Green New Strategy


At least people are finally making serious suggestions for how to respond.

spoiler warning for Avengers movies

I’ve been thinking a bit about Thanos’ idea in Eternity War: get rid of half of everyone. I found that whole aspect (i.e.: the core of the movie) of the movie to be absurd. Populations replace losses fairly quickly, so losing half of everyone would, perhaps, set the population clock back a few decades. So what?

Estimates are that the black death reduced the planetary population by about 25% – from ~400 million to ~300 million. Replacing the loss took less than a century. So, in the Thanos scenario, universal population would be replenished within the lifetime of the grandchildren of the survivors of the catastrophe.

Then, there was World War I and the “Spanish” Swine Flu. The war killed a few million (small compared to World War II) and the flu between 20 and 40 million. That population drop was noticeable, but it replaced itself within a generation. Pasteur had a bigger impact than the plague, yay, science!

The other premise of the movie is that, 5 years after the Thanos Catastrophe, everyone is still sad and traumatized by the loss. Sure, people would still be talking about it, but I very much doubt that humanity would change in any big way; look at it this way: it’s not as if World War I dramatically changed human behaviors – World War II happened within a generation of the “war to end all wars.” I would not expect humanity to sit around despondent and drunk after Thanos wiped out half of them – they’d shrug and get back to work. There is a study I recall hearing about on some podcast, that following the black death, compensation for labor went up, the cost of land went down, and a lot of businesses started up, to fill adjusted market needs. That period of adjustment was known as “The Renaissance.”

In other words, I expect that Thanos’ gesture wouldn’t have worked and Thanos ought to have been wise enough to realize that, and inflict a persistent super-plague that kept populations down, permanently except that we sort of already had that, in the form of Measles, Smallpox, and Swine Flu. Basically, we’d just fuck harder. For the incel population, Thanos’ Catastrophe would be a fantastic reset (and for the rest of us, it would mean half of the incels would be gone, too, along with half of the nazis and half of the political class and superbillionaires) I think Thanos’ heart was in the right place but his methods were unsound.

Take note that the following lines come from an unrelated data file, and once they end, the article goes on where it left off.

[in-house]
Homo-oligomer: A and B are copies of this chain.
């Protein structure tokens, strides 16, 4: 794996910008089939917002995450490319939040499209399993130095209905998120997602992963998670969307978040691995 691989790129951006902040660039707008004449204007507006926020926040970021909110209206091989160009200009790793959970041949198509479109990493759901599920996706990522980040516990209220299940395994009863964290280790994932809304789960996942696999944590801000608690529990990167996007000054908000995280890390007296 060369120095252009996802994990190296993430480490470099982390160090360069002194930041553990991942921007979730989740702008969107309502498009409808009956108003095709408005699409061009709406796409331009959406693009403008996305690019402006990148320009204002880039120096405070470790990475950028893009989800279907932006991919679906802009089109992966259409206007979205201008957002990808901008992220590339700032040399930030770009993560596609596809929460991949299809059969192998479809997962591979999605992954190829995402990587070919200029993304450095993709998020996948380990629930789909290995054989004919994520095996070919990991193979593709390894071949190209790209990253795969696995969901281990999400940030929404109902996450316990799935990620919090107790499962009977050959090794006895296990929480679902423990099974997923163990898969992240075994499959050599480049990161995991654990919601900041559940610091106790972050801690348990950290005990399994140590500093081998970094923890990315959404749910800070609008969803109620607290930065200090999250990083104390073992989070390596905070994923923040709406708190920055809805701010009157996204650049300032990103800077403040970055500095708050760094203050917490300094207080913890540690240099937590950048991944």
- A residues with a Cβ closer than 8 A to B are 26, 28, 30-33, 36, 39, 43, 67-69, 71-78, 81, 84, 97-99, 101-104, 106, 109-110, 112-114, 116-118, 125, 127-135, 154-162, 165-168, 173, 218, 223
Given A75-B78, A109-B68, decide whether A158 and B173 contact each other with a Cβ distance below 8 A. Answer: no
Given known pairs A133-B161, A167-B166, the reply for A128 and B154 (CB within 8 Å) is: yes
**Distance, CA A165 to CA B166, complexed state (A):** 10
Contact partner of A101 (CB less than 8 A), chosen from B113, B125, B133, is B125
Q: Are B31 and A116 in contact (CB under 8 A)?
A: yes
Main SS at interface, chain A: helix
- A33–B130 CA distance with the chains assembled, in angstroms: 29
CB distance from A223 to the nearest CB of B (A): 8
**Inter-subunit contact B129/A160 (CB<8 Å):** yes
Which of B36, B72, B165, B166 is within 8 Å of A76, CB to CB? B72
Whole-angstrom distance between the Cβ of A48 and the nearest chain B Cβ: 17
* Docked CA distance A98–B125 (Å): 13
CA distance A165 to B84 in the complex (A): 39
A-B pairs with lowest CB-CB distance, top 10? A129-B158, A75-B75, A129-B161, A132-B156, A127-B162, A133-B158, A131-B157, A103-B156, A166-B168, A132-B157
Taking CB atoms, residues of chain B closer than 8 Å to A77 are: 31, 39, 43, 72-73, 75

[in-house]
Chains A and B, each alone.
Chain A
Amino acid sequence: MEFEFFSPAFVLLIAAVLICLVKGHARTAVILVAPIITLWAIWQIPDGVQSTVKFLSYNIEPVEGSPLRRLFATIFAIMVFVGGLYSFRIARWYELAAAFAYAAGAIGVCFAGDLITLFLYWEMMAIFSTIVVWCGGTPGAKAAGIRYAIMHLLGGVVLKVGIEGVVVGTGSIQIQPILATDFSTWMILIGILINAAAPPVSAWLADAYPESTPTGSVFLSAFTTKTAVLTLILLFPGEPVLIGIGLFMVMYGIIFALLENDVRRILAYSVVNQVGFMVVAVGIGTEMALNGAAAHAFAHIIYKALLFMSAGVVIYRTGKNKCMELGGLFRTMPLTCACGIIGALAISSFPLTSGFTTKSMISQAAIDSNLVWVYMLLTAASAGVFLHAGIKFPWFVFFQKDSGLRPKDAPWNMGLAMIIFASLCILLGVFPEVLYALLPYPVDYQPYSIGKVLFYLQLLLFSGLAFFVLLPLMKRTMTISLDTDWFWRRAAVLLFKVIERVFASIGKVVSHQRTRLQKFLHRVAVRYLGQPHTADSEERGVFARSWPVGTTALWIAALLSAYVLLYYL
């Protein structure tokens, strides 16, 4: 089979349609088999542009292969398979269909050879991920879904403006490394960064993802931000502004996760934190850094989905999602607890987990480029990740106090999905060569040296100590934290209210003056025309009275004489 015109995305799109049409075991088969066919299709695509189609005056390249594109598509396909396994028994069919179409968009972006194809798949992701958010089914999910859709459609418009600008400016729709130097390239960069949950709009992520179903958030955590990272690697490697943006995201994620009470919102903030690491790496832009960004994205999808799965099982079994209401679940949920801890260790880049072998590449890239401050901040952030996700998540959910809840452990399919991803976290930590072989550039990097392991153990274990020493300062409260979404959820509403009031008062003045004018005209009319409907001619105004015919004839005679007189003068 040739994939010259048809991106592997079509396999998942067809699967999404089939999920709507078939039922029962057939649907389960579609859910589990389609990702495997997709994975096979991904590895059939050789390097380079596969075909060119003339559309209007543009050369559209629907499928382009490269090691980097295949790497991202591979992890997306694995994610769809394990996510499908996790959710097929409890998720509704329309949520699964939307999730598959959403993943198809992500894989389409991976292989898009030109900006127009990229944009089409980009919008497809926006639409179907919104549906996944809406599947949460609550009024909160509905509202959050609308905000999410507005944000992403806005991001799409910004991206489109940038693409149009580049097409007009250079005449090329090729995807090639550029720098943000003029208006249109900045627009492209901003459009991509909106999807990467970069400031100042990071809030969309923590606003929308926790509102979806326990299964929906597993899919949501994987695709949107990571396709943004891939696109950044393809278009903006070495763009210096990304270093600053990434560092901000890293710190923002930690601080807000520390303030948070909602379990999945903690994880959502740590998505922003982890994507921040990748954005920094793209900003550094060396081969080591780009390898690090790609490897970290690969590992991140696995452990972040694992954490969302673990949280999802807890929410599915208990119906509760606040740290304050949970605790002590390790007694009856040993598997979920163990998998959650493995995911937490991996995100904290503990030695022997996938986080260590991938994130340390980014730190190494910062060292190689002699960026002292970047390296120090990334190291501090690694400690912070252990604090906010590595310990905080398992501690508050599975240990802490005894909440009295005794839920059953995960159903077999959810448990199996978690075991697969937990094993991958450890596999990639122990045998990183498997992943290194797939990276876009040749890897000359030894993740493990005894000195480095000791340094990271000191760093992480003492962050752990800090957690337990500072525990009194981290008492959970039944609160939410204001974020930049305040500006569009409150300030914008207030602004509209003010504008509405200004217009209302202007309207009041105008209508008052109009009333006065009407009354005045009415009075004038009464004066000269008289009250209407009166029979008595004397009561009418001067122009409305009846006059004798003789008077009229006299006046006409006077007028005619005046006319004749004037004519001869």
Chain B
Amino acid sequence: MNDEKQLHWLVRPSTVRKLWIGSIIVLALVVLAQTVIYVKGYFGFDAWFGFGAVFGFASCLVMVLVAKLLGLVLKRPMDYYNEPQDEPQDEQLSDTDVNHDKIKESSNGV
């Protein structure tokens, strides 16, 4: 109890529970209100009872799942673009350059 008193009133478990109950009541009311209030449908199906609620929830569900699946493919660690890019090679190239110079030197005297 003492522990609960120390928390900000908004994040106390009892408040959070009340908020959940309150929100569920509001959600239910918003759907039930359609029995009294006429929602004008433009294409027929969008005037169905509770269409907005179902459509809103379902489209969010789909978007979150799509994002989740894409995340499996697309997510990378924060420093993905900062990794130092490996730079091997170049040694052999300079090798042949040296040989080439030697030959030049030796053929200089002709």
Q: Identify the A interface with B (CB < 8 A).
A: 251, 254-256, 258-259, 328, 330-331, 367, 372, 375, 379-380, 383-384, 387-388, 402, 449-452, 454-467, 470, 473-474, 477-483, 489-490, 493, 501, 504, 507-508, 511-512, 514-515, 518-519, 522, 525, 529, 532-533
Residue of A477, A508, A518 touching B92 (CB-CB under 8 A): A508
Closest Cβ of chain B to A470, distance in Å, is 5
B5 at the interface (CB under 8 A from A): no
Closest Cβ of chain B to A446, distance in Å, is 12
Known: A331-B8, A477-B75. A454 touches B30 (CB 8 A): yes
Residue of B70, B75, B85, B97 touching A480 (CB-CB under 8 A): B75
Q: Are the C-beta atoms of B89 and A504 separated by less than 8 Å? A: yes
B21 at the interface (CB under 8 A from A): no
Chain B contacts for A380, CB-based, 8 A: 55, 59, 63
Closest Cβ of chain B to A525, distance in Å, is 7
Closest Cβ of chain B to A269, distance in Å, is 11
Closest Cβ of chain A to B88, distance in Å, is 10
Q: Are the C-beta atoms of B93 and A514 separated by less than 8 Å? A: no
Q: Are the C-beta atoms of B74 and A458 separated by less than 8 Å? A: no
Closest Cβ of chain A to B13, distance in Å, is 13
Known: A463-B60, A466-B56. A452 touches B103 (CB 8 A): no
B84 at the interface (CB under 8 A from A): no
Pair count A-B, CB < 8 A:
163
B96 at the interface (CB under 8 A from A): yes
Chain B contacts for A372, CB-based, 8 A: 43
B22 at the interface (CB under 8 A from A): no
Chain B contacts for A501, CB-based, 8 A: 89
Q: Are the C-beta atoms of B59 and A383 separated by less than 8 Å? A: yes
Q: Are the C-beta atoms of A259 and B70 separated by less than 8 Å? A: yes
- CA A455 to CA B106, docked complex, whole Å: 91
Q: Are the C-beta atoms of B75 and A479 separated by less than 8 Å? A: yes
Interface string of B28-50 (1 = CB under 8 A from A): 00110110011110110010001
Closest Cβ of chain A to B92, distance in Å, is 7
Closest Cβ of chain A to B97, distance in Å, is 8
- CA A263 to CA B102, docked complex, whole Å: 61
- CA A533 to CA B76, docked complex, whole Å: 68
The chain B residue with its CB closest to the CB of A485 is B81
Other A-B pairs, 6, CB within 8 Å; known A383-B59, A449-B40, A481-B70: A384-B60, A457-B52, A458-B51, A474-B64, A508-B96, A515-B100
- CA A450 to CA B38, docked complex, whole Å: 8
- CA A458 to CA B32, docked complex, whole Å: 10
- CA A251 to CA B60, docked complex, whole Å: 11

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I must be incredibly unloving and shallow because my immediate reaction to the Thanos Catastrophe was:

  • 50% chance I’m vaporised and no longer have to care about this stupid movie
  • 50% chance I survive and, within 1 year I will be busy doing fun stuff again and will periodically miss such-and-such friend but I’ll be too busy filling in the new opportunities that all the gone people have created
  • There will still be pizza and red wine after the Thanos Catastrophe, right?

So when was the last “sustainable” human civilization? The Bronze Age? The problem is not just population, it’s what all those people are doing. Global warming is a consequence of both population explosion and technology. It’s my opinion that war (and by extension, authoritarian government) is the main driver behind technology, although capitalism sets up a feedback loop that always attempts to create and capture more surplus, which just makes the problem worse.

During the entire excruciating length of the movie, I kept thinking “a nuclear war would be so much worse than Thanos’ Catastrophe because of its lingering effects.” I’m mind-boggled that we’d place ourselves in the path of a disaster like that, knowingly and deliberately, and be willing to pay so much in order to do so.

Comments

  1. davex says

    My immediate reaction was that if Thanos’ strategy was the best, he’d have to re-apply it frequently to keep the population where he wanted it. After a cycle or two, folks would have to always be expecting that they other shoe would drop on them or theirs sometime–maybe folks would choose more of an ‘r’ versus a ‘K’ type reproduction strategy.

  2. consciousness razor says

    spoilers ahead…. A bit late for anybody reading the comments, but I’ll write it anyway.

    The other premise of the movie is that, 5 years after the Thanos Catastrophe, everyone is still sad and traumatized by the loss. Sure, people would still be talking about it, but I very much doubt that humanity would change in any big way; look at it this way: it’s not as if World War I dramatically changed human behaviors – World War II happened within a generation of the “war to end all wars.”